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Title: Best Value Procurement. A case study on governance and (in)stability of specifications within a complex procurement project.
Authors: Bruno, T
Keywords: Best Value Procurement
relational and contractual governance
(in)stability of specifications
service definitions
complex procurement projects
Issue Date: 1-Jan-2016
Publisher: Open Universiteit Nederland
Abstract: In order to cope with complexity, organizations are looking for effective procurement methods, such as Performance Based Contracting (PBC) where the buyer sets the specifications at the beginning of the procurement process (in terms of desired output). A variation on PBC is Best Value Procurement (BVP), where specifications are also set at the beginning, however under the responsibility of the supplier. The specifications are fixed and should not be altered during the project. The supplier is given much freedom to utilize his expertise, but also a lot of responsibilities for developing specifications and achieving results. The advantage for the procuring party is that all risks are transferred to the supplier. The question is whether BVP functions properly, because research appears to indicate that particularly in complex procurement projects, a constant dialogue between client and contractor is required to sharpen the specifications, in order to ensure that the client actually gets what he wants. Is BVP really the solution to deal with complexity? This study has addressed this gap as follows: (a) by conducting a case study in a complex procurementproject were BVP is applied as procurement method, (b) by examining the influence of the phenomena (in)stability of service definitions, relational and contractual governance and constant dialogue, (c) developing propositions regarding the influence of the phenomena. The results of the case study indicate that specifications have changed during the project, although this should not happen within a BVP context. Contrary to what the BVP method presumes, the contract between the procuring organization and the contractor was drawn up jointly. Also, a maximum price was adjusted in this case, something that should not have happened according to the BVP philosophy. Another notable outcome was that the parties did not only guide the project by means of the contract. Calamities, additional wishes and requirements and progress meetings were discussed on the basis of relational norms. Apparently, the BVP method has not been strictly applied and probably would not have worked. Remarkably, BVP was viewed by the respondents as a good method to cope with complexity in this case. The study contributes to theory development on complexity in procurementprojects. It also offers an extension of the theory of service definition methods and governance by stressing their influence during the sourcing process.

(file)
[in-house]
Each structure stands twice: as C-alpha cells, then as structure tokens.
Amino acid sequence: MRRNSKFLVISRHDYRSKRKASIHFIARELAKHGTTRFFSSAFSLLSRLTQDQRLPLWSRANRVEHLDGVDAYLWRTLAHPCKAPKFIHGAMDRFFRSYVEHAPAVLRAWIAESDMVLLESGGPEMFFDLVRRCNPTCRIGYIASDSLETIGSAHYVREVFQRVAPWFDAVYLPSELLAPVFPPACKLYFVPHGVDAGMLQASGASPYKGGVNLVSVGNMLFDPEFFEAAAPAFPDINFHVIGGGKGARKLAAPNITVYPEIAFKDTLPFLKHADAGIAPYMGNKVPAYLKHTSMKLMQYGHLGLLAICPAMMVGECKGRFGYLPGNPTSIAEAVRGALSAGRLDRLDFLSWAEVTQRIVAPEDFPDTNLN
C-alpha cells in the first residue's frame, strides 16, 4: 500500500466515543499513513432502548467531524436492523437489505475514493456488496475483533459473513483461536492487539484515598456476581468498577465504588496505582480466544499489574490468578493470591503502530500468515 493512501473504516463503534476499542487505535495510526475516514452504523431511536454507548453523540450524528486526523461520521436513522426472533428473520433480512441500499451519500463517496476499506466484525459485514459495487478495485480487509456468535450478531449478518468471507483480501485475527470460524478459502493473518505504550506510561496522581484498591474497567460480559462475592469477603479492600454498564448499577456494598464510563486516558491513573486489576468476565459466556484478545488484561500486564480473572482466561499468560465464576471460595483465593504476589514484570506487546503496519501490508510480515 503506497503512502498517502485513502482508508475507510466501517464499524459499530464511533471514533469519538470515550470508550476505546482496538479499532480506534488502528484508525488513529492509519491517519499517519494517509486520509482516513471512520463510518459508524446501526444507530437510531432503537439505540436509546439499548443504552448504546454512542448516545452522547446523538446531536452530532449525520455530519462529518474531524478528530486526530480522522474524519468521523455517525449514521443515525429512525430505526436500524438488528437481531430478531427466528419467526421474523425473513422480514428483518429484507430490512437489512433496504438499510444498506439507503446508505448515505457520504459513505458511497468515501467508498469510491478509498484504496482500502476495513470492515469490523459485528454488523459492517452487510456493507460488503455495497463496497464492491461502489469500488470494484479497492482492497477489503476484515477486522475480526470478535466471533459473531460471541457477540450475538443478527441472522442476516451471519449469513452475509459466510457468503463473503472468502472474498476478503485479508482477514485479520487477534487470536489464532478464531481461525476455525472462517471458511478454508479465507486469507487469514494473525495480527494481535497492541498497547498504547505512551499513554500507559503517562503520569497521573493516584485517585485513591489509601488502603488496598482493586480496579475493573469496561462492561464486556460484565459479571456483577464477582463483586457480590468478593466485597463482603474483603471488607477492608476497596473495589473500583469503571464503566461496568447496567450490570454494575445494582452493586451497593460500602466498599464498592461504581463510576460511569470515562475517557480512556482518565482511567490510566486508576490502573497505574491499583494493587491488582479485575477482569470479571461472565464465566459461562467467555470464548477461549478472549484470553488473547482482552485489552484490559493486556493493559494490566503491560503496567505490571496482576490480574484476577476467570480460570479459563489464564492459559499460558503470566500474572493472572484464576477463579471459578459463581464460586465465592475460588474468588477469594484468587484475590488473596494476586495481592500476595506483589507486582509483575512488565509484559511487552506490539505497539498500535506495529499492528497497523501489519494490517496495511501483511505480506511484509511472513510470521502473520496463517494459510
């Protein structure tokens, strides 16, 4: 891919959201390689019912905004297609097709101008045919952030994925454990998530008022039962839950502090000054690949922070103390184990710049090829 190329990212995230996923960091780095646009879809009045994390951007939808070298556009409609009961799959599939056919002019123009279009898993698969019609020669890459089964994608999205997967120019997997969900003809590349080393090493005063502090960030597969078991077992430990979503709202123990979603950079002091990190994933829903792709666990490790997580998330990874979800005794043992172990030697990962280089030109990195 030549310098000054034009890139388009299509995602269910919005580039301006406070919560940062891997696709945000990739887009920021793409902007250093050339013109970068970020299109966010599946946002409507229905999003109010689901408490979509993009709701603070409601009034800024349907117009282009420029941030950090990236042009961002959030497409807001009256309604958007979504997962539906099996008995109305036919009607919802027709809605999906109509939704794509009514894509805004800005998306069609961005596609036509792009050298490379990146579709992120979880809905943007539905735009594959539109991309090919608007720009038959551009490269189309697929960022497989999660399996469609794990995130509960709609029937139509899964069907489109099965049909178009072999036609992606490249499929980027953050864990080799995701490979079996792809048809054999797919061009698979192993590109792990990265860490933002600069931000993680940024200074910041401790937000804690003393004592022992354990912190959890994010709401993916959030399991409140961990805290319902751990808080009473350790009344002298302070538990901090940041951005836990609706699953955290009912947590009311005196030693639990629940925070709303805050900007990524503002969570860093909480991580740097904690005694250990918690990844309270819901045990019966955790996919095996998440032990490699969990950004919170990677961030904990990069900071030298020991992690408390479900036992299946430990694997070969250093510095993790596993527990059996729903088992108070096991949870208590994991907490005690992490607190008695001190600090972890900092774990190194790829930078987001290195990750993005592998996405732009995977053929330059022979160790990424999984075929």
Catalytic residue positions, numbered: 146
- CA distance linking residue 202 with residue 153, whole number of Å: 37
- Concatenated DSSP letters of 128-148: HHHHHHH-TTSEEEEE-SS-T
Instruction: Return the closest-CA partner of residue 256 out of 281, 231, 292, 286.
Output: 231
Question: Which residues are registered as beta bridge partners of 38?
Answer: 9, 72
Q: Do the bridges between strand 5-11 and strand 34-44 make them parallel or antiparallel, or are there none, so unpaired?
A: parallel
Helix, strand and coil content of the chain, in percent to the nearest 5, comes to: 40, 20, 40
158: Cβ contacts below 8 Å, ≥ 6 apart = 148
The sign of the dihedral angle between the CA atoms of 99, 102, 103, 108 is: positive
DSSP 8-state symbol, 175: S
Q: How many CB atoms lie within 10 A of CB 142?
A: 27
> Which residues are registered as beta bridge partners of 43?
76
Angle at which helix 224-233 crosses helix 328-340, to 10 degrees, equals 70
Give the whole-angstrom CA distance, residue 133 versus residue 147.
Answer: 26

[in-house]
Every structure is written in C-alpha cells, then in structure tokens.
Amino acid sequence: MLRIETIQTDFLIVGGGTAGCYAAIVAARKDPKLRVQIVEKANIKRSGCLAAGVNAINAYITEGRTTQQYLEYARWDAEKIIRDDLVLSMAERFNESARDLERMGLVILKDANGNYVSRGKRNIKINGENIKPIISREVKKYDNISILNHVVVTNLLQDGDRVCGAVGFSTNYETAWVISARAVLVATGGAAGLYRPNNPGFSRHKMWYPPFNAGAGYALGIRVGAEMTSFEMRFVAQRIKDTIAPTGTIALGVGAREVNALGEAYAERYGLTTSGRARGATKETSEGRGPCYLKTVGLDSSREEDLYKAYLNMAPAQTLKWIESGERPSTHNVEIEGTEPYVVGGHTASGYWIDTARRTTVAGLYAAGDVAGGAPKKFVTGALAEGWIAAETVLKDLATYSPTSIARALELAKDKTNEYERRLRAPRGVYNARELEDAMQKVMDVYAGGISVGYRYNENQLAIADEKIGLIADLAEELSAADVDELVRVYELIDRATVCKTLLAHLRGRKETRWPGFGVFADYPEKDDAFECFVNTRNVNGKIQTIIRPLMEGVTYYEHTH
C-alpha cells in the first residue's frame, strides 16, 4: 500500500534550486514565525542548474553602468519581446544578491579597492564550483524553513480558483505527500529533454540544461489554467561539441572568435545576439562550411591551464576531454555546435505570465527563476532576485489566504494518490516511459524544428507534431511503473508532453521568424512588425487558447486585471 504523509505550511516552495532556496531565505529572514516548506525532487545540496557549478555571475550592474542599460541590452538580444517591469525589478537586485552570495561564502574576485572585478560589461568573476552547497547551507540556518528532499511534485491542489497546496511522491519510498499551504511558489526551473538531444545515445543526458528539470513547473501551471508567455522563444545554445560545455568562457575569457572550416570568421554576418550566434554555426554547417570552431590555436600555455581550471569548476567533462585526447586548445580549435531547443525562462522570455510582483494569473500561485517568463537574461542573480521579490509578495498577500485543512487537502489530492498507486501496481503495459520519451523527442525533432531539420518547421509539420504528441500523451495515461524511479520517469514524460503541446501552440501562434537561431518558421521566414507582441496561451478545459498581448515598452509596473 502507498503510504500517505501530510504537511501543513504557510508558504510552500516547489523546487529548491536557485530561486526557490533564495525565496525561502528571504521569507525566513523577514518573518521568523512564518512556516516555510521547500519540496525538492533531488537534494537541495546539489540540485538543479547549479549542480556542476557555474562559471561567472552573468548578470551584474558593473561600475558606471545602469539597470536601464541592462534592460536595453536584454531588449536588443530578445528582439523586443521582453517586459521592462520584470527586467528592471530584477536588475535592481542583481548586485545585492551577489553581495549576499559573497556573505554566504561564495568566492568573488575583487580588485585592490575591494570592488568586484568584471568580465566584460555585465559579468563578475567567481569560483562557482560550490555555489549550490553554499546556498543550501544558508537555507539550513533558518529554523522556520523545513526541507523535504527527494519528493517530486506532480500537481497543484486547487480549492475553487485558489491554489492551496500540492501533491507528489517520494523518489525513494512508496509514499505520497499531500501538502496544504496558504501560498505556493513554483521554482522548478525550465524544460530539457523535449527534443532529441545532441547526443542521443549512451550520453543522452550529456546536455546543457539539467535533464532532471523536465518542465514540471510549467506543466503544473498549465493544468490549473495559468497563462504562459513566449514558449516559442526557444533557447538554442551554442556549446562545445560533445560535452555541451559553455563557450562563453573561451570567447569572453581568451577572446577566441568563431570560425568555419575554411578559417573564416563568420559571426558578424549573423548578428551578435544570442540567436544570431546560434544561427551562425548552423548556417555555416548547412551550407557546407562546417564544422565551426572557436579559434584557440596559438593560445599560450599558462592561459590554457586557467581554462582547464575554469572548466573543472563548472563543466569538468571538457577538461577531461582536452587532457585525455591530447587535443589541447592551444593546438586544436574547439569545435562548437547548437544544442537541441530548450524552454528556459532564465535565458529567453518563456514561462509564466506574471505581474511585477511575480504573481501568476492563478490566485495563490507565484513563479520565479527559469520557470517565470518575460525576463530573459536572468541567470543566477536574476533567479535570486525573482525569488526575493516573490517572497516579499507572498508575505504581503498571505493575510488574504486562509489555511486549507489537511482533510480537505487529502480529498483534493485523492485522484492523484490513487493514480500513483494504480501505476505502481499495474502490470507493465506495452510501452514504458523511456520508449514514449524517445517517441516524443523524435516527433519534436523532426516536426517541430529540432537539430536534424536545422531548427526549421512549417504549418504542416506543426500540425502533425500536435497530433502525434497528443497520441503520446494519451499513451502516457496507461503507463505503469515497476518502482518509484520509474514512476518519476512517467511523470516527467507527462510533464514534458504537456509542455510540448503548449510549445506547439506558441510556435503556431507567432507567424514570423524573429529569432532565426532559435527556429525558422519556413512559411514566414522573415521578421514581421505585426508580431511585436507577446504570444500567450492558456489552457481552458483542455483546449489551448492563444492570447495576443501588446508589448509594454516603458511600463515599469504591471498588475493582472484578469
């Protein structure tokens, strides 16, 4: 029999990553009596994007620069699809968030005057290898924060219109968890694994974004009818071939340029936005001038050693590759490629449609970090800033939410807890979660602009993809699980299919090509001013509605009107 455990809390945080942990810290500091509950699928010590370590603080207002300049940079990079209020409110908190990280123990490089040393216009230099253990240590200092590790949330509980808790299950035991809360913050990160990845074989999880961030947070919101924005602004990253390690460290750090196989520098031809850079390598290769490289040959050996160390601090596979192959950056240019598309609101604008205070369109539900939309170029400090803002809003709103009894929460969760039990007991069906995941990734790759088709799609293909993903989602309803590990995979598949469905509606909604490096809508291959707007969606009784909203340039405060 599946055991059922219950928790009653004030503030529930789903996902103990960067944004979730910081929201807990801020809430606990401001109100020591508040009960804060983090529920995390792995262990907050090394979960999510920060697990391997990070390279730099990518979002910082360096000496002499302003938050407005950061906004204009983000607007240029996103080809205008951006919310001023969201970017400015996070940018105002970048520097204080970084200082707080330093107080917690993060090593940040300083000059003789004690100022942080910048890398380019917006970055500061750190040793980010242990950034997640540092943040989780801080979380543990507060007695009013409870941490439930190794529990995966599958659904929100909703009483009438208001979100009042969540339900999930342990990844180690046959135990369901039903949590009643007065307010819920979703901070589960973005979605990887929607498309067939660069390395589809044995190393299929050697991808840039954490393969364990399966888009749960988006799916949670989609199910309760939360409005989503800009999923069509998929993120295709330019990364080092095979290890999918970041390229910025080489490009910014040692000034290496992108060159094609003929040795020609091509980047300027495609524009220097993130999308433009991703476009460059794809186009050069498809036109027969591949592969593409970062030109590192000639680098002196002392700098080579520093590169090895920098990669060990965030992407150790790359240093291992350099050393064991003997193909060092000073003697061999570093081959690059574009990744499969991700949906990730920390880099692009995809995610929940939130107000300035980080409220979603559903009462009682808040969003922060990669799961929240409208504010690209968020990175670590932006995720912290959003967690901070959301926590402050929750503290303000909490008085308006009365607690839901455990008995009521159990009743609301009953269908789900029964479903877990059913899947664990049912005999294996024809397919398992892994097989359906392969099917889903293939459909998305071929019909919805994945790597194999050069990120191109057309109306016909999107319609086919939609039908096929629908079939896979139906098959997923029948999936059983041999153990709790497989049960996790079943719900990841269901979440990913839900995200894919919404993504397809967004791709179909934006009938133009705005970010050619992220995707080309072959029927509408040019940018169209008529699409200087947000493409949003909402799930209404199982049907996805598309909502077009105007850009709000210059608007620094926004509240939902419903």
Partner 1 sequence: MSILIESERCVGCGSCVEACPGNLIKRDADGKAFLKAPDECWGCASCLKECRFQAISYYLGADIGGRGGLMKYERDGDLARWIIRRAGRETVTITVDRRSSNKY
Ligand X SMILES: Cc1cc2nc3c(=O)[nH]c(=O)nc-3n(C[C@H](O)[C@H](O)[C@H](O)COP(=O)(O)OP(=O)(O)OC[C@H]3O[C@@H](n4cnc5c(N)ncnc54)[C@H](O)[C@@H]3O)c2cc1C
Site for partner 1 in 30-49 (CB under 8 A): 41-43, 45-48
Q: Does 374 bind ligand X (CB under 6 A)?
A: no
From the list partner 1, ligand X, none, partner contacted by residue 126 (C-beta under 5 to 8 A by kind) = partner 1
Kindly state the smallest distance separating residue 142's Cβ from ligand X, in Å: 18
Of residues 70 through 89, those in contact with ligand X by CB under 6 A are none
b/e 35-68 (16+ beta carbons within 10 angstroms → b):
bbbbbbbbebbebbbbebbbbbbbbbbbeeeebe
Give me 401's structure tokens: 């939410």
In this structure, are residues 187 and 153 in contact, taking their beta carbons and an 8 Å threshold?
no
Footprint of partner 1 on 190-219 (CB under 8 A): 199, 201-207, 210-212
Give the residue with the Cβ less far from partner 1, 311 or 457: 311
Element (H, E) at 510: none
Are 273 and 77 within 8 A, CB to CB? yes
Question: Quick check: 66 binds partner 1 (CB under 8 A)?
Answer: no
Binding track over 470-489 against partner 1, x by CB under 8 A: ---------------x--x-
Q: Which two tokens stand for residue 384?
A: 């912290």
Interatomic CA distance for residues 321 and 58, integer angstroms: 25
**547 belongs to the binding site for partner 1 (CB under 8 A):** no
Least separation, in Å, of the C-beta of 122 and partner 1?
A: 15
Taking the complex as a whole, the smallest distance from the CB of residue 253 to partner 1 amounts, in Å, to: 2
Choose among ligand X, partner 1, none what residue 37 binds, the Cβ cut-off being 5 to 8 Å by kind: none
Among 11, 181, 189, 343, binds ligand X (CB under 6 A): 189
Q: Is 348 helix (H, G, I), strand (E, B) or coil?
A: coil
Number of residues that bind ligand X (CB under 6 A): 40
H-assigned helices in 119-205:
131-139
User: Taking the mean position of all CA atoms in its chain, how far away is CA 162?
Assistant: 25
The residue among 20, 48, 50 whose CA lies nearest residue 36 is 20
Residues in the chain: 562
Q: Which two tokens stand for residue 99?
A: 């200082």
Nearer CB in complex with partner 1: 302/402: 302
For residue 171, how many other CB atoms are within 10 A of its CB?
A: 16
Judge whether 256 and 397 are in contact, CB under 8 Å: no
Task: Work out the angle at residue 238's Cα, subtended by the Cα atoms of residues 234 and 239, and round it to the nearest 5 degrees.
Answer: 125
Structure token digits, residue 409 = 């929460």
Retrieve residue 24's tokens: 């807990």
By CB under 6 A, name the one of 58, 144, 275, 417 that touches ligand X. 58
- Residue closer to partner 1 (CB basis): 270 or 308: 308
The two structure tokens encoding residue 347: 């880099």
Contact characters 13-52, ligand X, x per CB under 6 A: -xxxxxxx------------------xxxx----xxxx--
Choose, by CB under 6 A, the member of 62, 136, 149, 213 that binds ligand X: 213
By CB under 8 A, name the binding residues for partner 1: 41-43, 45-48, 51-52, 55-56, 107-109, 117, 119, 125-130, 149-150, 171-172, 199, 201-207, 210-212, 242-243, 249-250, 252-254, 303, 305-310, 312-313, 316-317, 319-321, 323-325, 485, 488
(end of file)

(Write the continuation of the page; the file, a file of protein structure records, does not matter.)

Appears in Collections:MSc Management Science

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